The huge debt to the Electric Corp. comes on top of the PA's many debts to the private sector in the territories and to banks, which add up to $350 million. According to estimates by Israeli economist Avichai Snir, who follows the Palestinian economy closely, the debt will grow this year by $400 million to $450 million. Snir notes that to extricate themselves from this crisis, the Palestinians need an annual growth of 6-9%. But according to World Bank data, growth in the occupied territories, including the Gaza Strip, only reached 2% in 2013. This, compared with 11% in 2010-2011 and 5.9% in 2012. (In Gaza, growth declined from 14.7% in 2011, to 6.6% in 2012. In the West Bank, it dropped in the same period from 9.4% to 5.6%.)

As a result of the decline in the economic growth, unemployment has risen, reaching more than 20% in the West bank. In Gaza, it has skyrocketed to 38.5%. Among young people in Gaza, unemployment borders on 50%. The average wage in the West Bank is lower than 2,000 shekels (about $572) a month, less than one-quarter of the average wage in Israel.

On the other hand, there is no significant difference between the level of prices and cost of living between the two sides of the Green Line. About one-third of the private sector workforce (106,000 people, mostly women) make less than the minimum wage of 1,450 shekels (about $406) a month. The public sector, which offers higher pay, has become a center of attraction for talented workers from the private sector. Thus, the public sector in the West Bank has become the largest public sector in the world in terms of its relative contribution to the gross national product.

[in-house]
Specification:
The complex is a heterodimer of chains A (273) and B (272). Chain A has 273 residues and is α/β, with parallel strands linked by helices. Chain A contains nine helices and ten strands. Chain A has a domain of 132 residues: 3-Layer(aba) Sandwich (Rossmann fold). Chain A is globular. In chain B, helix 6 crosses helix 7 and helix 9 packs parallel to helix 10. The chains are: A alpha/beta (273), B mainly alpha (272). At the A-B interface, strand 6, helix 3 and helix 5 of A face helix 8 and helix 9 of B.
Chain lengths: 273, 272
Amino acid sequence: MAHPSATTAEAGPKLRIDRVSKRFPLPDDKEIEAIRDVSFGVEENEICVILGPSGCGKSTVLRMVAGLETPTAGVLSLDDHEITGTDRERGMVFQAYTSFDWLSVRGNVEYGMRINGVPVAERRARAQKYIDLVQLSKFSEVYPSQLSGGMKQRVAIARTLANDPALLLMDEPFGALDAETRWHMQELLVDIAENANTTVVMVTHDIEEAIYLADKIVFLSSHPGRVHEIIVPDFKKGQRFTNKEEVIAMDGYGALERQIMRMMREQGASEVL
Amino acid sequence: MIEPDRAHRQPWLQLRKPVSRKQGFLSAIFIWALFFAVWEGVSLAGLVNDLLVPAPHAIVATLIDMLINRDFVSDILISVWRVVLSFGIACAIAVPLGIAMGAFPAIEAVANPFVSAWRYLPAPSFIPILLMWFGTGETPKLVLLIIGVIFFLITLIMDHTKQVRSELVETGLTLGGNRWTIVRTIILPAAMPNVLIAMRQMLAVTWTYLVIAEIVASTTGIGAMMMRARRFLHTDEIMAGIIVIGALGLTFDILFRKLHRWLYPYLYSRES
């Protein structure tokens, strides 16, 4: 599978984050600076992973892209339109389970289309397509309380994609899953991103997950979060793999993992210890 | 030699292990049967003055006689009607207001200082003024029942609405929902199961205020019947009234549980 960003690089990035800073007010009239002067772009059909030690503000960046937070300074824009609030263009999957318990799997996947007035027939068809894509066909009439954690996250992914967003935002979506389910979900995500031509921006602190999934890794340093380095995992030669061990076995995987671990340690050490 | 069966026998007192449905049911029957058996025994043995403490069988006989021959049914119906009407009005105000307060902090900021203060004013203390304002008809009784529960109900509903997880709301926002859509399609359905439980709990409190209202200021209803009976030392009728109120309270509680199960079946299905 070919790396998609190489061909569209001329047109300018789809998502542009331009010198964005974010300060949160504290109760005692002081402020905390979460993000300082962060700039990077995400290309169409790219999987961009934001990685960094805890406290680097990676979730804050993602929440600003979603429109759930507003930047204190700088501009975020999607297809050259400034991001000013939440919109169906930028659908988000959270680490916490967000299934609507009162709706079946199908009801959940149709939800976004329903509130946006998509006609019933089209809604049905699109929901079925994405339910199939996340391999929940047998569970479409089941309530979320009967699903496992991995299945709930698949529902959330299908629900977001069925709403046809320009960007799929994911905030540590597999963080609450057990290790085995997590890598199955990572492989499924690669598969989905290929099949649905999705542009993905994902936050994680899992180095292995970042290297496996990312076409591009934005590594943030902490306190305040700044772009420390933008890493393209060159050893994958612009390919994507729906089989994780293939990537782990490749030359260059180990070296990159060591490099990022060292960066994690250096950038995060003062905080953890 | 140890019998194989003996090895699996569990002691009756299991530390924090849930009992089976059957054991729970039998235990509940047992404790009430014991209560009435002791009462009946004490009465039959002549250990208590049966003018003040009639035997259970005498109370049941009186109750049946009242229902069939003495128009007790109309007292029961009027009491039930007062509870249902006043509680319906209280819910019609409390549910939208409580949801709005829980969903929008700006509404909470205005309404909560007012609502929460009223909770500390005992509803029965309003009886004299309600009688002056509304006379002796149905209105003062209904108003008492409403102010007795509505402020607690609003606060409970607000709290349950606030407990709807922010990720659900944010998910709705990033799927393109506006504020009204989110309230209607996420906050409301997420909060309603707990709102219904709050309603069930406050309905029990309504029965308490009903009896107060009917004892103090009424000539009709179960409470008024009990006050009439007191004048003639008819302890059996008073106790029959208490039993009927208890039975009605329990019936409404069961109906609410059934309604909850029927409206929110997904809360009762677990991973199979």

The large majority of public sector employees in the occupied territories are security personnel, supplied with deadly weapons and military training. Israeli security experts are warning that an Israeli and international boycott of the PA, and an aid cutoff, will be by way of shooting Israel in the foot. Defeated policemen, hungry and unemployed, might well target their weapons first of all toward the heads of the Fatah leaders, who promised them a state, bread and work. Next in line will be the Israeli rulers.

In an article they published exactly a year ago, in May 2013, headlined "The Palestinian Authority and the Economy: A Government Hanging by a Thread," researchers Yitzhak Gal and Ephraim Lavie (formerly head of the Palestine desk at the Military Intelligence Research Department) warned of the severe results of a continue diplomatic deadlock.

They wrote that even though the vast majority among the Palestinian public and leadership is interested in continued security calm that will ensure progress in building the state and the economy, the deadlock could bring about popular unrest directed at Israel and the PA. "Under these circumstances," the two wrote, "the positions of Hamas and other opposition groups might be strengthened, undermining the stability achieved through Israeli military presence in the area and security coordination."

As reported recently, the US administration will be satisfied if the new Palestinian unity government, and not Hamas (per se), remains faithful to the three conditions laid out by the Quartet (a halt to violence, recognition of Israel and adherence to previous agreements). This shows that the United States is aware of the far-reaching implications of an economic boycott of the PA — in response to a Hamas refusal to adopt the three principles.

The decisive demand of the Netanyahu government that the Hamas leadership wave a white flag should serve as a black flag for the Israeli bathers spending time by the beaches. Half an hour's drive from the lifeguard's hut, the ground is burning and there's no lifeguard.

Read More: http://www.al-monitor.com/pulse/originals/2014/05/israel-hamas-palestinian-authority-economy-collapse-boycott.html

Akiva Eldar
Columnist 

Akiva Eldar is a columnist for Al-Monitor’s Israel Pulse. He was formerly a senior columnist and editorial writer for Haaretz and also served as the Hebrew daily’s US bureau chief and diplomatic correspondent. His most recent book (with Idith Zertal), Lords of the Land, on the Jewish settlements, was on the best-seller list in Israel and has been translated into English, French, German and Arabic.